What goes around comes around…
Charting the rise and fall of electronic stores group Loyds is to uncover a retail enigma on a complex scale. Based in the North West of England the original Loyds Retailers was a subsidiary of Ada Halifax owned by Philips.
Ada (Associated Domestic Alliances) was used by Philips as a holding company and in the 1960s a clutch of retail and rental stores throughout the United Kingdom and Northern Ireland joined Loyds as subsidiaries of Ada Halifax.
This amalgamated chain of around 300 outlets (mainly independents) had been owned or part owned by Ekco, Pye or other companies in the Pye/Ekco group.
When Philips took over the Pye/Ekco consortium they added additional concerns that had previously been acquired, fully or in part, by Philips or other companies in their ownership (with the exception of 100 stores in the midlands trading as Alex Owen and Collis respectively).
As a substantial proportion of these organisations remained in part ownership, the operators were able to exercise considerable autonomy and stock whatever branded merchandise they preferred.
Clearly this presented a cumbersome, convoluted, and wasteful retail scenario and Philips decreed that major rationalisation was required.
They kicked off reorganisation for increased efficiency and profitability by buying outright those stores still in part ownership.
Next for deliberation was the development and implementation of a plan for overall rationalisation to comprise these core objectives:
1. Standard trading name
2. Standard marketing programme
3. Standard purchasing policy
4. Standard pricing policy
5. Standard distribution policy
It was around this time that I became heavily engaged in the second of these core objectives: marketing… From being the advertising agent for just one of the subsidiaries I found myself pitch forked into the maelstrom of activities leading up to the re-branding launch, with personal responsibility for the publicity and merchandising requirements of all existing outlets.
During the pre-launch phase, centrally controlled standard policies for marketing, purchasing, pricing and distribution were gently eased in while the subsidiaries still traded under their original names.
After due consideration the standard trading name was agreed as Loyds.
The change was effected almost seamlessly overnight one Friday in August 1970 and champagne corks popped in area offices throughout the UK as sales rocketed during the weeks to follow.
The euphoria was short lived though…
A few short months later sales dipped back to pre-launch levels.
Worse still and contrary to the diktat of the rationalisation master plan, expenses soared out of control. In mid 1971 Philips belatedly activated a damage limitation exercise and restructured the senior management of Loyds.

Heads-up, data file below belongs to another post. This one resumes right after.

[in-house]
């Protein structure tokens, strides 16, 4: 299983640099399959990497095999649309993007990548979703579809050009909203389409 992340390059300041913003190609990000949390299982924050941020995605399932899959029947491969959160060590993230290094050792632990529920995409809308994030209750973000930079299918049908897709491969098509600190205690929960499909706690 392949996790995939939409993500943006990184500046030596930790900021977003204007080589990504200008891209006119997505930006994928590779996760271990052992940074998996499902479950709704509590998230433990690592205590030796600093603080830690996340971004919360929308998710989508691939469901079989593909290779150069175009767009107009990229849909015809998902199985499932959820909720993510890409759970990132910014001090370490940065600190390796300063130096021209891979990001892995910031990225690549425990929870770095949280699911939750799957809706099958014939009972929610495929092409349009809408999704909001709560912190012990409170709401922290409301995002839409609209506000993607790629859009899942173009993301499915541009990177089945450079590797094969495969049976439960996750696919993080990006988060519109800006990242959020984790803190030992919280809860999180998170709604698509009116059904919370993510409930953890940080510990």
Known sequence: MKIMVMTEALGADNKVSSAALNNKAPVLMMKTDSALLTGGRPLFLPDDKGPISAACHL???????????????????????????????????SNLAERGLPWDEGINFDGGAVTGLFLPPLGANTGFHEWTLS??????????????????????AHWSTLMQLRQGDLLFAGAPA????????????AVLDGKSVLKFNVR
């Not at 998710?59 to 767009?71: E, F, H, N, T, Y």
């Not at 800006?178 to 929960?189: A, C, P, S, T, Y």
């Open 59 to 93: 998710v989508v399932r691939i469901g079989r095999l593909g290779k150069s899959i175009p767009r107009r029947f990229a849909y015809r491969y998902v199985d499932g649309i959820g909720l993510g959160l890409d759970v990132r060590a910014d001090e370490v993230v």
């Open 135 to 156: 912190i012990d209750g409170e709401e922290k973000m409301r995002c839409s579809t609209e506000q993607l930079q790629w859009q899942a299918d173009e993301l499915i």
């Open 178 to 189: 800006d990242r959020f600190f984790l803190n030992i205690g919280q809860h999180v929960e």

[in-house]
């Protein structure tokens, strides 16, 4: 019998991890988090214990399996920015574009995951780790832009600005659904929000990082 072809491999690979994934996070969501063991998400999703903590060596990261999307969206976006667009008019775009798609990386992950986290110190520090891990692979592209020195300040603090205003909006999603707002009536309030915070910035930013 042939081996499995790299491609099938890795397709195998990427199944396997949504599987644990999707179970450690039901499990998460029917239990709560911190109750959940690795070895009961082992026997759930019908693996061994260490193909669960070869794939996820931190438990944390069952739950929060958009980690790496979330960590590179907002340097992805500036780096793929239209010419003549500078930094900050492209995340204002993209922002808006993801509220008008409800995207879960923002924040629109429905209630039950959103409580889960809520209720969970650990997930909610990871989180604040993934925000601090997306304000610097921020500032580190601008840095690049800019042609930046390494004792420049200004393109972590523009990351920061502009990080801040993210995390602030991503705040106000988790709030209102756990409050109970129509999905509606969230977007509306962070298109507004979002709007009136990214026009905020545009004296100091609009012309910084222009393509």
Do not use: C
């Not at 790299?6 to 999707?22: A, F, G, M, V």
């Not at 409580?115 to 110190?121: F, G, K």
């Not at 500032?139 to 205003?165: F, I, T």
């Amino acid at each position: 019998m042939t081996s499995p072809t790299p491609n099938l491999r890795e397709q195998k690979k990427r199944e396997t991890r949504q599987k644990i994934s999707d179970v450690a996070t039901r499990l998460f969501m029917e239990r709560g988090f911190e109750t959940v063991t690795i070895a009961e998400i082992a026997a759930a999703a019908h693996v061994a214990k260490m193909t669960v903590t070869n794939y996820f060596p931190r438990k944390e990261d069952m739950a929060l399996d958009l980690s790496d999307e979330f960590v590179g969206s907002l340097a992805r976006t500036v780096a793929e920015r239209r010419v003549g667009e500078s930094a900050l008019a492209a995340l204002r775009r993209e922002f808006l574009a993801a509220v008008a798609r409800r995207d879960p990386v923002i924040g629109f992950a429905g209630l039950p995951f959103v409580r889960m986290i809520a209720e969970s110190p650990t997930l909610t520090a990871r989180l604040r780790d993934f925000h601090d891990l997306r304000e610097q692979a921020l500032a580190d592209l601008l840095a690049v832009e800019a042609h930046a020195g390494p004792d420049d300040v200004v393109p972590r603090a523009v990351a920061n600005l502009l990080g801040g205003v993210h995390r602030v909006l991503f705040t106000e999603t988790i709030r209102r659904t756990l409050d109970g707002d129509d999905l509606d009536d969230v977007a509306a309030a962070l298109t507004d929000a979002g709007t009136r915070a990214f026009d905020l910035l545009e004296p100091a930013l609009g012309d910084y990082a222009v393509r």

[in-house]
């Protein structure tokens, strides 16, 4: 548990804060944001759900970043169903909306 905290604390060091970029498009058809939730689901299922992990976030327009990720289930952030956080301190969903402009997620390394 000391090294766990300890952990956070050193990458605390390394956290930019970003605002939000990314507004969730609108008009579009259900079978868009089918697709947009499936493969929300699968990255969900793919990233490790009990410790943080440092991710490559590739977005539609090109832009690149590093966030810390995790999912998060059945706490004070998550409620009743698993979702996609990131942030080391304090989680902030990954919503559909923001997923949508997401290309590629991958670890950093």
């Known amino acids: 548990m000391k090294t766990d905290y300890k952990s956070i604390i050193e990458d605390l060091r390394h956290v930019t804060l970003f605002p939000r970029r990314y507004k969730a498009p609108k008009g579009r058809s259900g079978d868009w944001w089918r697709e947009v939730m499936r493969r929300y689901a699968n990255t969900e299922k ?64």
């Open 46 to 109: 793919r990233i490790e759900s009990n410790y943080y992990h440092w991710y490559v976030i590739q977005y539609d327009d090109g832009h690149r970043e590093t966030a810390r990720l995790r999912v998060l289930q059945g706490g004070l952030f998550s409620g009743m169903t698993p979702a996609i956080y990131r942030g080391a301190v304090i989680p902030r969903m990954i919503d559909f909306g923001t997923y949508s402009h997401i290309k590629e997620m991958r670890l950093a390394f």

Acknowledged company doctor Len Govier was recruited from Granada and appointed Chief Executive.
Len rapidly steadied the ship by dramatically reducing overall operational costs, and once the dust had settled, embarked on restoring the programme of expansion, bringing Alex Owen and Collis into the fold.
Their aggregated 100 stores were re-branded in the autumn of 1972 as Loyds…
Len Govier’s final act was to take Philips retail division into the burgeoning out-of-town hyper mart bazaar and he accomplished this by putting one of the old trademarks to work again: this time Eclipse.
He opened the first of these outlets in Halesowen in 1972.
Despite quantifiable progress, cracks were starting to show in the relationship between Len Govier and the meddling mandarins at Philips UK headquarters in Century House London.
In March 1973 Len parted company with Philips to set up his own TV rental company.
Later that year and in a desperate attempt to pump fresh life into the ailing high street retail chain, around 50 outlets which still under-performed were restructured and re-branded as Loyds Rentals.
Once again the management was reorganised and the group tottered along for a time but it became increasingly apparent that Philips had become disenchanted with their retail division.
In 1975 parcels of stores were sold off to Currys and a programme of closure instigated for the remainder.
Eclipse though continued to prosper and expand until 1976 when Philips finally lost patience, threw in the towel, and hived off the outlets in Halesowen, Glasgow, Manchester, Bristol, Cardiff and elsewhere. The buyer was Comet.
Could Philips have made a success of Loyds had they persisted?
I doubt it.
Retailing and Philips were uncomfortable bedfellows from the outset…
I was an active participant in all of these initiatives and while Loyds was a disaster for Philips, it proved a godsend for me, transforming my fledgling ad agency into a major player. It was purchased outright by Saatchi & Saatchi in 1974 and re-branded Saatchi Green.
What goes around comes around…